1) Buddhism did not assert or depend upon the existence of a God

2) Buddhism was a superstition-free moral ideal; it conformed to the scientific view of an ordered universe ruled by law (Dharma)—a system both moral and physical where everything seemed to work itself out inexorably over vast periods of time without divine intervention (karma)

3) Buddhism posited no belief in gods who could alter the workings of this natural law

4) Buddhism was a religion of self-help with all depending on the individual working out his/her own salvation

5) "Original" Buddhism was seen as the "Protestantism of Asia," and Buddha as another Luther who swept away the superstitions and rituals of an older, corrupted form and took religion back to its pure and simple origins

6) Buddhism presented an attractive personal founder who led life of great self-sacrifice; parallels were drawn between Jesus and Buddha as the inspiration of a personal figure exerted strong appeal to seekers who had given up on theology and metaphysics.

Thus, Buddhism was packaged and presented in its most favorable light viz a viz the current spiritual crisis in the West; and, not surprisingly, Buddhism seemed immensely reasonable and appealing to Americans. Darwinism might be undermining Biblical Christianity, but it only enhanced Buddhism's standing.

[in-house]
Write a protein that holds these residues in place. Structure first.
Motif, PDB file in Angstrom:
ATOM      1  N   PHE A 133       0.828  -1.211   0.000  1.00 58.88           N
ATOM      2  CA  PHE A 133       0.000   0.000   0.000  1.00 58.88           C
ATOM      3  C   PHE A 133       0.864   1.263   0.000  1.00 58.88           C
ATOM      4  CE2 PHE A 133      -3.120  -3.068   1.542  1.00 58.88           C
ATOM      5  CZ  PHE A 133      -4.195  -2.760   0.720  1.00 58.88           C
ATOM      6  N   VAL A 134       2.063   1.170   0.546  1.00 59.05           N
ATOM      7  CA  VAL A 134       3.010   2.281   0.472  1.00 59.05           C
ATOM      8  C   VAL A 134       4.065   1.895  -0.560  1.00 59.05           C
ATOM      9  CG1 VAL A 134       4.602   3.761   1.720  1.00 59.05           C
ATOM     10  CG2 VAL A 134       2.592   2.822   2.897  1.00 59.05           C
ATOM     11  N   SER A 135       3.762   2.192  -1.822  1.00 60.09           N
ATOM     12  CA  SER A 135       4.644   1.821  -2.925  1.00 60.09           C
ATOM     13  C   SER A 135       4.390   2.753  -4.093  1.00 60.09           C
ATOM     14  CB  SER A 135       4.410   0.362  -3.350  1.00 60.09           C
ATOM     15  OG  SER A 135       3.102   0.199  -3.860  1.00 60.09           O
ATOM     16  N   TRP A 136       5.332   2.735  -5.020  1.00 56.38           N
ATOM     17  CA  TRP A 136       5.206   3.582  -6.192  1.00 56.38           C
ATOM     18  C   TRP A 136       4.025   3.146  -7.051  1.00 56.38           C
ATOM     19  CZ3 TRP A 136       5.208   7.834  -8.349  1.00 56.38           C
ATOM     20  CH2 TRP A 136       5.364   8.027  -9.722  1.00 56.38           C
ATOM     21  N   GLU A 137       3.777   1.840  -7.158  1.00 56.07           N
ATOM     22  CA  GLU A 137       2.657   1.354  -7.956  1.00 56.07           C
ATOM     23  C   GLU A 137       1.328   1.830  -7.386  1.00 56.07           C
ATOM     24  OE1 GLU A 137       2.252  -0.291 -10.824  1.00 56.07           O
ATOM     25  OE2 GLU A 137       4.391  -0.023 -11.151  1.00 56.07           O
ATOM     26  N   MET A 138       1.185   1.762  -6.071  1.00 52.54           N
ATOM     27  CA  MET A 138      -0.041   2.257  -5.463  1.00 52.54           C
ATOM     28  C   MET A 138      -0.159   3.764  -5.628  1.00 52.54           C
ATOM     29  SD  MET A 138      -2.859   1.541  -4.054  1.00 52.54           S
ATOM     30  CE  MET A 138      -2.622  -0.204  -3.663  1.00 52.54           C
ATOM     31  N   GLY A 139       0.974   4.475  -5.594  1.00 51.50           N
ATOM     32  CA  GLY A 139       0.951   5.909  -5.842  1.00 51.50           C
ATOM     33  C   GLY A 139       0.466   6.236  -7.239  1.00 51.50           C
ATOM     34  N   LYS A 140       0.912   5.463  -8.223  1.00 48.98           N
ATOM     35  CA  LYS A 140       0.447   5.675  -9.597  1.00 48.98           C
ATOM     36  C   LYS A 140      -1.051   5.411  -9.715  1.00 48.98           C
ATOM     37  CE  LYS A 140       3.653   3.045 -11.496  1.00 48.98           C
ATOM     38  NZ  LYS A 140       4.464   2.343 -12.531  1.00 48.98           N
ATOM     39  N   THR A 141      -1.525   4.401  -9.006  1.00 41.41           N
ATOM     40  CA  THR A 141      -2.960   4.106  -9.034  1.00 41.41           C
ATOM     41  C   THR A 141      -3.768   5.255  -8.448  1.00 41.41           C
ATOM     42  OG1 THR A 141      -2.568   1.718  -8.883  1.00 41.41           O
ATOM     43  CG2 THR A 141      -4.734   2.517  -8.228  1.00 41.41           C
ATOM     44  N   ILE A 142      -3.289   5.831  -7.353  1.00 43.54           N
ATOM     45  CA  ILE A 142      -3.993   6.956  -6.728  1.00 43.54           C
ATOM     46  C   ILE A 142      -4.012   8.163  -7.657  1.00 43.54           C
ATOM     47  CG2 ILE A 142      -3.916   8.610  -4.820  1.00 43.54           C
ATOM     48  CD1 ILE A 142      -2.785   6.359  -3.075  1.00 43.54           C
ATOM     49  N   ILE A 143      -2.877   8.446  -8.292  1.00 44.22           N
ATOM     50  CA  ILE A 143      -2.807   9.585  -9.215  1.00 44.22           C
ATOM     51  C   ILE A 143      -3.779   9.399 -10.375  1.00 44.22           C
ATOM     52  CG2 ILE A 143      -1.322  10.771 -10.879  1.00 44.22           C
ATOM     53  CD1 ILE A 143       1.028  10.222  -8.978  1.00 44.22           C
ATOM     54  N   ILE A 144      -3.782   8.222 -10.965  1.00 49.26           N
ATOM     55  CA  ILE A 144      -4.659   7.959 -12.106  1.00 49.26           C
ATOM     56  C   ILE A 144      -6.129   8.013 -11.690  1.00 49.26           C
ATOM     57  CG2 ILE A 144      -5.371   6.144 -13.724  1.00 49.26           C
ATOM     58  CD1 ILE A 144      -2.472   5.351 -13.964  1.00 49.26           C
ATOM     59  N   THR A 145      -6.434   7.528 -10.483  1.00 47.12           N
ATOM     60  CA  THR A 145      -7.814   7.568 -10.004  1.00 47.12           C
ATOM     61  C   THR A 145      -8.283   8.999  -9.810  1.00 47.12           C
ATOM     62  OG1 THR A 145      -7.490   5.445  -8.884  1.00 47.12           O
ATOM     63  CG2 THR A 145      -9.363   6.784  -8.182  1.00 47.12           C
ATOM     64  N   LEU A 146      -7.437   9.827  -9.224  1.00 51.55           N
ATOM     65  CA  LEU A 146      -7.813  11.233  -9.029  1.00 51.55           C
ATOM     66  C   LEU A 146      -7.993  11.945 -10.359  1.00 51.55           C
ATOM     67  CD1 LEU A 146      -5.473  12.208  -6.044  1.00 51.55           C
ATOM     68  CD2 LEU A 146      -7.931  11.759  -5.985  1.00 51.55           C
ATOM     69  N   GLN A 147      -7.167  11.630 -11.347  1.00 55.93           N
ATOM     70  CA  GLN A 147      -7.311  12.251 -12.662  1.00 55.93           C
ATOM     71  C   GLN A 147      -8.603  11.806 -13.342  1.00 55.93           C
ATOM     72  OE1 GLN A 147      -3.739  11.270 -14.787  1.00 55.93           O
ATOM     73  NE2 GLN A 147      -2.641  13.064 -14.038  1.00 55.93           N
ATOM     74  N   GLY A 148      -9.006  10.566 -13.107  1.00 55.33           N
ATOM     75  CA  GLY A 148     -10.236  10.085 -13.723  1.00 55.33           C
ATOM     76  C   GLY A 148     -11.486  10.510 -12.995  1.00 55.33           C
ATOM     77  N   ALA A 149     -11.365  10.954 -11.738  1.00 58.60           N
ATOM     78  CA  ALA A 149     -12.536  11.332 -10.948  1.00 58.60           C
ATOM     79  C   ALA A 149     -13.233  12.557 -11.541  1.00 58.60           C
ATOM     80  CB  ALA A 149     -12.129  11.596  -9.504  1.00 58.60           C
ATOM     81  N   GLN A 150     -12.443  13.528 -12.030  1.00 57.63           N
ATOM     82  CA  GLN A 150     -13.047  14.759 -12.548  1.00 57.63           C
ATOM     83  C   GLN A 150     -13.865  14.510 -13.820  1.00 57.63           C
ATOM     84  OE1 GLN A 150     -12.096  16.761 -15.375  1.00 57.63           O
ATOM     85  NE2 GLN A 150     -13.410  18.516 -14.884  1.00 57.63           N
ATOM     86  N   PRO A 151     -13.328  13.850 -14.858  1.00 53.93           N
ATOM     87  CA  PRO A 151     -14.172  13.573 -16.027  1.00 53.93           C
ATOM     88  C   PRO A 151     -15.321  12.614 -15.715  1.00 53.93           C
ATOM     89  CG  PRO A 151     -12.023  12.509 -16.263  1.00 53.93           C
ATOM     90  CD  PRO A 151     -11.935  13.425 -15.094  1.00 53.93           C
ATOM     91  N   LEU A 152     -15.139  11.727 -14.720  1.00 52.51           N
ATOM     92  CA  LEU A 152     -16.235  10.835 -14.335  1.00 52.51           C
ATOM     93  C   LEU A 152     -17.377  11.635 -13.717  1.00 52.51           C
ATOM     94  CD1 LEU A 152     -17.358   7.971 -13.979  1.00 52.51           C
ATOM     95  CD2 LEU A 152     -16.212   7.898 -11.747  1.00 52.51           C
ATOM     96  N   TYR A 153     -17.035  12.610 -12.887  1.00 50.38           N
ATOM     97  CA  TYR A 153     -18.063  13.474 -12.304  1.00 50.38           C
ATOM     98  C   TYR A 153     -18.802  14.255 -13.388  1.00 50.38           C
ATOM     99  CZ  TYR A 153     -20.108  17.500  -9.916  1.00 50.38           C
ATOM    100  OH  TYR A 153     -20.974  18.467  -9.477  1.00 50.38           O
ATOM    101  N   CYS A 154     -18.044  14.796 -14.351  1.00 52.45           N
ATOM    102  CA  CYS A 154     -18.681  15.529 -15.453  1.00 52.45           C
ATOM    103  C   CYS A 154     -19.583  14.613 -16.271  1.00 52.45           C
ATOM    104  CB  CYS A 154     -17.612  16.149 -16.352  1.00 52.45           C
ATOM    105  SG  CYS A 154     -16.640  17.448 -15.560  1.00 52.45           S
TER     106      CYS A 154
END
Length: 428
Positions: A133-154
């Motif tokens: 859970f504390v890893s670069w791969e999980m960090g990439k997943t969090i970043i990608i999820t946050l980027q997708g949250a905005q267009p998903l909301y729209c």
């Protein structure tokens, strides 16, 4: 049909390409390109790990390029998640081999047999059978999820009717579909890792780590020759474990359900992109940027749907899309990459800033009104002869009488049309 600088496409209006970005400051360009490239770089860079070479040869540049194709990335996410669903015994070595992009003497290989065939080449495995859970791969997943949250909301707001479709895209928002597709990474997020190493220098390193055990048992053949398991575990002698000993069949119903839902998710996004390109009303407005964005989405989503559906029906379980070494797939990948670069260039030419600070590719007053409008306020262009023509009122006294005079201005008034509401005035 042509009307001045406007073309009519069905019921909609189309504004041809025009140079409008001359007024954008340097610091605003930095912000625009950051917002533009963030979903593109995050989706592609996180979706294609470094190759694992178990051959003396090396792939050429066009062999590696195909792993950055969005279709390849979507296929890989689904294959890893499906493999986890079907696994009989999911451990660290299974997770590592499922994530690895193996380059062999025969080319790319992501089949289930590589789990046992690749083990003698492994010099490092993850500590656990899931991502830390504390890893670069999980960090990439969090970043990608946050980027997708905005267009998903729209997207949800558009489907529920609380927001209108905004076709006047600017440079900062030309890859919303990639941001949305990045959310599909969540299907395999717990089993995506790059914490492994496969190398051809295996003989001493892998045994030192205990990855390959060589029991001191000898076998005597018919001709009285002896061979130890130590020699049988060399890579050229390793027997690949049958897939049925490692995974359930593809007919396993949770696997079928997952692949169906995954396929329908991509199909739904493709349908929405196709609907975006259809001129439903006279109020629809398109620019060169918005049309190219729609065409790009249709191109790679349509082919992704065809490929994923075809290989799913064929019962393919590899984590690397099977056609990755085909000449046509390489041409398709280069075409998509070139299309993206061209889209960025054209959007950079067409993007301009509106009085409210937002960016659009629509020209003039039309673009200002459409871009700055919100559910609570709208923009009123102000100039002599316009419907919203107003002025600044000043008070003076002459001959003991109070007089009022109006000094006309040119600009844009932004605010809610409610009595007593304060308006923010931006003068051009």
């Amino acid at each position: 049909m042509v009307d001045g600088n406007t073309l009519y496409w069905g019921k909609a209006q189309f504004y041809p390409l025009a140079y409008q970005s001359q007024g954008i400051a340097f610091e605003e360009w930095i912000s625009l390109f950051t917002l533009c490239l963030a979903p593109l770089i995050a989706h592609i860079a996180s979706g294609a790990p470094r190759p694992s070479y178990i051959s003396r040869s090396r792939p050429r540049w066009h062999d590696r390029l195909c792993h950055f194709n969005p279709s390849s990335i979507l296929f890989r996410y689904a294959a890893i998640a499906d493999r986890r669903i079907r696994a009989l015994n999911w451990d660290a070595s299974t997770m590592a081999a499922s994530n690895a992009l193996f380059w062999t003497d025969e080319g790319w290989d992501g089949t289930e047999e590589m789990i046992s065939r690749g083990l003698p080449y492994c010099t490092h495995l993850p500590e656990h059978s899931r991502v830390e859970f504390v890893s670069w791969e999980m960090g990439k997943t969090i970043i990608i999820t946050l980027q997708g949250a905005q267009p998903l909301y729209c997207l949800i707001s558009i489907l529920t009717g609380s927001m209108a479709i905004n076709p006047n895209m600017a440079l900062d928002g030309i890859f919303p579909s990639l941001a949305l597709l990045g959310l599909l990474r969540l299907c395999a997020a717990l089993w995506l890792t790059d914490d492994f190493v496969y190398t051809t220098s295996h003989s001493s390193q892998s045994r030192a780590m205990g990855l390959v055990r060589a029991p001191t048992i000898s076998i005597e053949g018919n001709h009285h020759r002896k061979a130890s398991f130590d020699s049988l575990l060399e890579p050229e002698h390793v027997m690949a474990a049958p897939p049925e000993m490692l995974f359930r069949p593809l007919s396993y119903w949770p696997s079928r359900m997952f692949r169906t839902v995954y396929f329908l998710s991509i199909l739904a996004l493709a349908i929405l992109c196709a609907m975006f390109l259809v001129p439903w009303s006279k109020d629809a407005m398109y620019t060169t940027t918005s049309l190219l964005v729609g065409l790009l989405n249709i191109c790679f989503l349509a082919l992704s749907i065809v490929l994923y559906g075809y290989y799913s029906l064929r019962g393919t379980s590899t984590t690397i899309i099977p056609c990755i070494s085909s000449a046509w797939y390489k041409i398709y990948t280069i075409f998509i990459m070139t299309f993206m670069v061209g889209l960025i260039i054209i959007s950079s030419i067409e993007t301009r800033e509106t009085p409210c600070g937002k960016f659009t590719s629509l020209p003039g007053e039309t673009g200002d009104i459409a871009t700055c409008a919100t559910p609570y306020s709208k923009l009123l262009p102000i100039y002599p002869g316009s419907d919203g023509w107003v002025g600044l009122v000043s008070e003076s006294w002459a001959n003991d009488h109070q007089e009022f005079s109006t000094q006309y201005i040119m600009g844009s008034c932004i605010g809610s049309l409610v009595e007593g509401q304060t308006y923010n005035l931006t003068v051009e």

In fact, Darwin's theory of evolution, which struck the most severe blow to the Judaeo-Christian edifice, was taken up as the leading banner for Buddhist propagation. With Darwin the concept of evolution became enshrined in the popular mind. Everything was evolutionary—species, races, nations, economies, religions, the universe—from the micro to the macro. Social Darwinists even saw evolution operating behind the vicissitudes of free-market capitalism. As the constant interaction of stimulus and response in nature, evolution seemed to match nicely with the notion of karma—the cyclical unfolding of events governed by the law of cause and effect. So Anagarika Dharmapala could announce in Chicago to his largely Judaeo-Christian audience that "the theory of evolution was one of the ancient teachings of the Buddha." As it was in nature (at least in the new natural world of Darwin), so it was in the Buddhist universe.

Most people drawn to Eastern religions did not examine very closely the supposed identity of Darwin's evolution and the Buddhist concept of karma. They were content, even predisposed, to imagine them the same. Buddhists ardent to convert Americans to Buddhism, as well as Christians eager to find some correspondence between modern science and their beleaguered faith, were happy to say, "Yes, the similarities are close enough; look, how the ancient Eastern religions anticipated our modern science!" Vivekananda, the charismatic and eloquent Ramakrishna delegate from India, met only hurrahs of affirmation when he proclaimed to a Chicago audience that the latest discoveries of science seemed "like the echoes from the high spiritual flights of Vedantic philosophy."